Music has no practical or immediate measurable value to inner city elementary grade kids. It won’t feed hungry stomachs and it won’t get Mom or Dad out of jail.
But I’ve realized that learning about Mozart is as crucial as math. Remembering the names of operas is as vital and formidable an accomplishment as learning verb conjugation.
You may feel confident that words such as quartet, Vienna and child prodigy were exceedingly difficult to master. When kids hear the word “Requiem” ten or twenty or thirty years from now, it may or may not sound familiar.
Ultimately, retention is not the issue. We must consistently and often remind our kids that there are pursuits out there than don’t translate to practicality or usefulness.
As I watched students learn that Mozart played violin and organ at age four, I saw respect and admiration in their eyes. When I asked them to name a reed instrument, one student was pleased to offer clarinet. Others were fascinated to know that saxophones also qualified.
Most likely, they won’t remember what instruments constitute a string quartet. Likewise, they probably won’t recollect that Mozart wrote string quartet pieces for Haydn. But they know where to find that information when it becomes important and they want it.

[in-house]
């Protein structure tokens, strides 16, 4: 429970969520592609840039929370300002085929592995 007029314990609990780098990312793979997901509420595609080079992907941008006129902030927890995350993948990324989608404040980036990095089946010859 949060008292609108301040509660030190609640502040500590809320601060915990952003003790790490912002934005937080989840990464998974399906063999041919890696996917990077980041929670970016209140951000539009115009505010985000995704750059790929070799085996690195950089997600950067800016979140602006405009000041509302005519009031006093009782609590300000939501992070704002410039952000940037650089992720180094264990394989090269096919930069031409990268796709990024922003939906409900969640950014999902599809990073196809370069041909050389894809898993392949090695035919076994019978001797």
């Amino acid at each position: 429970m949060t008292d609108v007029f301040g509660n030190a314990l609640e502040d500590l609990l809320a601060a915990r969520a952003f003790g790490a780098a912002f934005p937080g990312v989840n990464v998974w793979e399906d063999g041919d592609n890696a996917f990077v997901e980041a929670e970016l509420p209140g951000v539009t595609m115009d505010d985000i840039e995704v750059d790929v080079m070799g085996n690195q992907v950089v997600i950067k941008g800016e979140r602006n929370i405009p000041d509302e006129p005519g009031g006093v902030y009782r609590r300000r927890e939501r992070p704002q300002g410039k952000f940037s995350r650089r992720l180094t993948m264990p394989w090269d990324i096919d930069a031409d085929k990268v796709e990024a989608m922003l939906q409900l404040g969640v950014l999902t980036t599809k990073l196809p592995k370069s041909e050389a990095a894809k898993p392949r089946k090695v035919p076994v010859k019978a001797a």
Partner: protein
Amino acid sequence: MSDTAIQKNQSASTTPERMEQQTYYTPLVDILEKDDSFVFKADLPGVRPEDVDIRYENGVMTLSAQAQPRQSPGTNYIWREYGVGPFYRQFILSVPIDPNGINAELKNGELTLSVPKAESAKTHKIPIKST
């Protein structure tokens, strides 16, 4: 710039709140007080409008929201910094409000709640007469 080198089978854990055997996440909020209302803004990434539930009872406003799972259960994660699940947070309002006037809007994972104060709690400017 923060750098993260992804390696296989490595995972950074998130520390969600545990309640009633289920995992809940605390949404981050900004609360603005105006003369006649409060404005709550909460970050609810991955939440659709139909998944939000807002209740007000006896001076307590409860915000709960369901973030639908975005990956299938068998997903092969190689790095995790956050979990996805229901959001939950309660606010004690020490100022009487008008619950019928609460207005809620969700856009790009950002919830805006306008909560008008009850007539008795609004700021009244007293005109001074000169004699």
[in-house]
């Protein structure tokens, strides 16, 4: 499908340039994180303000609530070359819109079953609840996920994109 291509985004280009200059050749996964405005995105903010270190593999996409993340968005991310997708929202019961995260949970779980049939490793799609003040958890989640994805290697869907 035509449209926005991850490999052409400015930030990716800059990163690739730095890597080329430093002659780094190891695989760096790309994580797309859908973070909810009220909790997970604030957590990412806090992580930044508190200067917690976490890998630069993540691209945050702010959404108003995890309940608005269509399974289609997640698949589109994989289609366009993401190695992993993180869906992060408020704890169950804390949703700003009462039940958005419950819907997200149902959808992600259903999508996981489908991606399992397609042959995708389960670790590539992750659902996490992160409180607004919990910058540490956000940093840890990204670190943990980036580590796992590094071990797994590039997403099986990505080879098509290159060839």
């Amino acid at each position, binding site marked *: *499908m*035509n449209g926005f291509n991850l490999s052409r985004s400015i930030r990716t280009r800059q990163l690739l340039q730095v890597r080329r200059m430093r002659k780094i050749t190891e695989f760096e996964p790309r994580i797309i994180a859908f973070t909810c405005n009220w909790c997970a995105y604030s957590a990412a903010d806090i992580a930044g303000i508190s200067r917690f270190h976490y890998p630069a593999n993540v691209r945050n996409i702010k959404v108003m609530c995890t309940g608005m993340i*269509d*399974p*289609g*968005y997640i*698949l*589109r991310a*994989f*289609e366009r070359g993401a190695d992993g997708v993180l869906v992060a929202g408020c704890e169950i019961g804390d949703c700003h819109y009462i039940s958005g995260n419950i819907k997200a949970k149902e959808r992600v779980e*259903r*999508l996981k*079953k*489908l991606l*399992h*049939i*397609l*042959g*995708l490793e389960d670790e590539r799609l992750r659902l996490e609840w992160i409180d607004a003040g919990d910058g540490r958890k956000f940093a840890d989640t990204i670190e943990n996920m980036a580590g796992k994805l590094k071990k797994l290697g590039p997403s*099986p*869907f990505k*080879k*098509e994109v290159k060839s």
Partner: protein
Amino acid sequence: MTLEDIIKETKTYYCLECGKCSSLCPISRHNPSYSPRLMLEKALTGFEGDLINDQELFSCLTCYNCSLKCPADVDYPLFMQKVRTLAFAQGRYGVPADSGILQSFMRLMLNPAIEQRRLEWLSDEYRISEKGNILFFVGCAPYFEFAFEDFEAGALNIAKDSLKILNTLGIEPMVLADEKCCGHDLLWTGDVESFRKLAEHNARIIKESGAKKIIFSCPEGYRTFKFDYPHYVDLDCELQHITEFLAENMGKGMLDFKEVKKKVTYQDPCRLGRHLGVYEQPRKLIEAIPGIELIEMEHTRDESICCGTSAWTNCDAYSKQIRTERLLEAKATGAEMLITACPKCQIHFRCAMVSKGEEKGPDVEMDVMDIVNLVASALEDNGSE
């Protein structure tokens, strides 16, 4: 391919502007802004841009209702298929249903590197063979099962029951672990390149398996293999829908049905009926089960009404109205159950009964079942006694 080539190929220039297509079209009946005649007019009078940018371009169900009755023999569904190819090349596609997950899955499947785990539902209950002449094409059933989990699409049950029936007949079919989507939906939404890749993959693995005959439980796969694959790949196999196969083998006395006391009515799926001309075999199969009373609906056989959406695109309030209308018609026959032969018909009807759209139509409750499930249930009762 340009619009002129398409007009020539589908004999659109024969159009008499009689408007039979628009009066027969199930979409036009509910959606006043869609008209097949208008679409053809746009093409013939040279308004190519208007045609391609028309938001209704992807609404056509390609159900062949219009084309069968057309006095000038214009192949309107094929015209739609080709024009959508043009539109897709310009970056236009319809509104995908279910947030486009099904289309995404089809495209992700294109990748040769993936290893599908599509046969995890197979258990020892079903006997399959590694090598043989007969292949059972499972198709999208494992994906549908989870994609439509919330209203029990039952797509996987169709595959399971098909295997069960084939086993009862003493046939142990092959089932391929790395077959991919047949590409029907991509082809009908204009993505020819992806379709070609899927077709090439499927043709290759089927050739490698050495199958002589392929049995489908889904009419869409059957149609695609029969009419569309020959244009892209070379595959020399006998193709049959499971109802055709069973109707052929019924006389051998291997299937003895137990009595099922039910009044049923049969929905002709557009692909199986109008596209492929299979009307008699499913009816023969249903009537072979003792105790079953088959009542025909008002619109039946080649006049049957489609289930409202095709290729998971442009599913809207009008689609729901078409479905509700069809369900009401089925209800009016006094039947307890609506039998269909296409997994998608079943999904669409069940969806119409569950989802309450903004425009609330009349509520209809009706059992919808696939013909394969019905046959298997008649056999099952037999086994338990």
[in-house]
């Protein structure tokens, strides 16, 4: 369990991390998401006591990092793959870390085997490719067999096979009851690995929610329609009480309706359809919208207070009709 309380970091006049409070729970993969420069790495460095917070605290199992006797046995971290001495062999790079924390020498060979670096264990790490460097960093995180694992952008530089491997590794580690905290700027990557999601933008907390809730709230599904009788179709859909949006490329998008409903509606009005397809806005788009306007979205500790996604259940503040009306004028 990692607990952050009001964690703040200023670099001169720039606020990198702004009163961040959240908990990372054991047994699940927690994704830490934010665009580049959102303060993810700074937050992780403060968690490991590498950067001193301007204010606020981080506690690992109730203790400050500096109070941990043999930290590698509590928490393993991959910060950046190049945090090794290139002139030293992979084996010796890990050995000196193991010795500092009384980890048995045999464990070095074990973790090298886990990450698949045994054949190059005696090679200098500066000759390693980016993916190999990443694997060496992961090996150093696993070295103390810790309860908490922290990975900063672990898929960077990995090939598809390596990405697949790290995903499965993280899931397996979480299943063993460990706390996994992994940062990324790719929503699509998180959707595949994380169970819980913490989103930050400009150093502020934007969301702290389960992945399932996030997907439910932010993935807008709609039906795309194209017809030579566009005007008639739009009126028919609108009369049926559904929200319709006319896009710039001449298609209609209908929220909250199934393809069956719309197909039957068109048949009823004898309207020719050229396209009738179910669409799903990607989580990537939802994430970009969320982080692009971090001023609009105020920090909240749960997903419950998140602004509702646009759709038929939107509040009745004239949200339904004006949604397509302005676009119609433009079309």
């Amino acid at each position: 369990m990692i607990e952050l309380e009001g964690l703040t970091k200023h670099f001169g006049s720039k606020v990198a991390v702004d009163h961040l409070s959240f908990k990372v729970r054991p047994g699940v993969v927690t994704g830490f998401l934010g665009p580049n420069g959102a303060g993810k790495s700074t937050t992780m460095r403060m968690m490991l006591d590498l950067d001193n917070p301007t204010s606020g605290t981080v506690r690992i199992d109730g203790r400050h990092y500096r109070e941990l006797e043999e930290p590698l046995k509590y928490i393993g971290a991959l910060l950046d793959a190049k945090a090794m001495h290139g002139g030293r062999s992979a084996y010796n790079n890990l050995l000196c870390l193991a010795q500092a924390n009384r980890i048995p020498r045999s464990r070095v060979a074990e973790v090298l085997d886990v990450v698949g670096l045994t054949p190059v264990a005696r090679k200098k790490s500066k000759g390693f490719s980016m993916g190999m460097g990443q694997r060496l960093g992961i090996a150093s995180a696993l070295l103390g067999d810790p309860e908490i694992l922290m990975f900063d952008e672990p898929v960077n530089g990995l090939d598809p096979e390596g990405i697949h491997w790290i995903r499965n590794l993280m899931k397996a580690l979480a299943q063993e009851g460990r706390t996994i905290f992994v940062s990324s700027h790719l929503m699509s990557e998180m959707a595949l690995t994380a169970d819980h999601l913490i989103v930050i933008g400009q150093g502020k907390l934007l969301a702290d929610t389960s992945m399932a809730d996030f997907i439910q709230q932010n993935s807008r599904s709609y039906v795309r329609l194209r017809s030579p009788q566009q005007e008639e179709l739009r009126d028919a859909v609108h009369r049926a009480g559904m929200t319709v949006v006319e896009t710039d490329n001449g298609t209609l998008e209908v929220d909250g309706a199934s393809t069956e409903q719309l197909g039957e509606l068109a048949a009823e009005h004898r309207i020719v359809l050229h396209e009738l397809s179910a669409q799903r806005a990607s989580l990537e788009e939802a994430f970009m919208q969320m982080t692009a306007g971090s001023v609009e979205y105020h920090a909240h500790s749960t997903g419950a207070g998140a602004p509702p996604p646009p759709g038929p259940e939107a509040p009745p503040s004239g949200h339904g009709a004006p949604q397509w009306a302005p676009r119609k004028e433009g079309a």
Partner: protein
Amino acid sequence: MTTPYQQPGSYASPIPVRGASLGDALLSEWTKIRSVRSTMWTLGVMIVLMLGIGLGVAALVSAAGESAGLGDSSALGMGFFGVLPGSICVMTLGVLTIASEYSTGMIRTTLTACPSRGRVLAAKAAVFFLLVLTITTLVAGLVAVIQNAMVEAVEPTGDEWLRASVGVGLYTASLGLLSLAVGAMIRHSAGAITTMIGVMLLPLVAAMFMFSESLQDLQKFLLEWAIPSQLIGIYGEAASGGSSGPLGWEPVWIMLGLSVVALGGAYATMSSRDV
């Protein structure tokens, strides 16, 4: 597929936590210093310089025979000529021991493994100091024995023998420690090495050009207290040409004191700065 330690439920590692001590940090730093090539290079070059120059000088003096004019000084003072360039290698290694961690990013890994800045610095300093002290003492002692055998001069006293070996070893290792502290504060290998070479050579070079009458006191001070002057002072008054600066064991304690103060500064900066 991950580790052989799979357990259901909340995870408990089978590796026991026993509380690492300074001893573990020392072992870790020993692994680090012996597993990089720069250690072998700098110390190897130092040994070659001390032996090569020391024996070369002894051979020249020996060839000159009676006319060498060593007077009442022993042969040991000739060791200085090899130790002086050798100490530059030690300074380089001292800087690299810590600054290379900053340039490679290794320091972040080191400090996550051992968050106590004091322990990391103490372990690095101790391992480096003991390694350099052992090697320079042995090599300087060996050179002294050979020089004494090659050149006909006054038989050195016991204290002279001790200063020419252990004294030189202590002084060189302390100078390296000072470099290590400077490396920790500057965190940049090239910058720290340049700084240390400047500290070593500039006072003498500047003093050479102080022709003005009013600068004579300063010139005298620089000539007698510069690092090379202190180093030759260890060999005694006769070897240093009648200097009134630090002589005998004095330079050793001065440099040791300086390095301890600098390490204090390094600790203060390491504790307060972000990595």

If we teach beat, tempo, dynamics and music composition to enough students, one may become a musician. One may seek further documentation. And one may go home and say, “Guess what, Mom! I found out a bunch of stuff about Mozart today.”
Any of those consequences are causes for declaring victory. But if none of those happen and we let kids know that music is worth the time to understand it, we have enriched them. We have widened their powers of observation and liberated them from fixation on matters of survival.
Yes, the pronunciation of words like Figaro and Austria could have been amusing. Thankfully, I also had the opportunity to share Bach, Brahms and Beethoven with them. Please don’t deprive our children of the gifts of fine art. Whatever it takes, we must find the budget to create lovers of symphony. Shalom.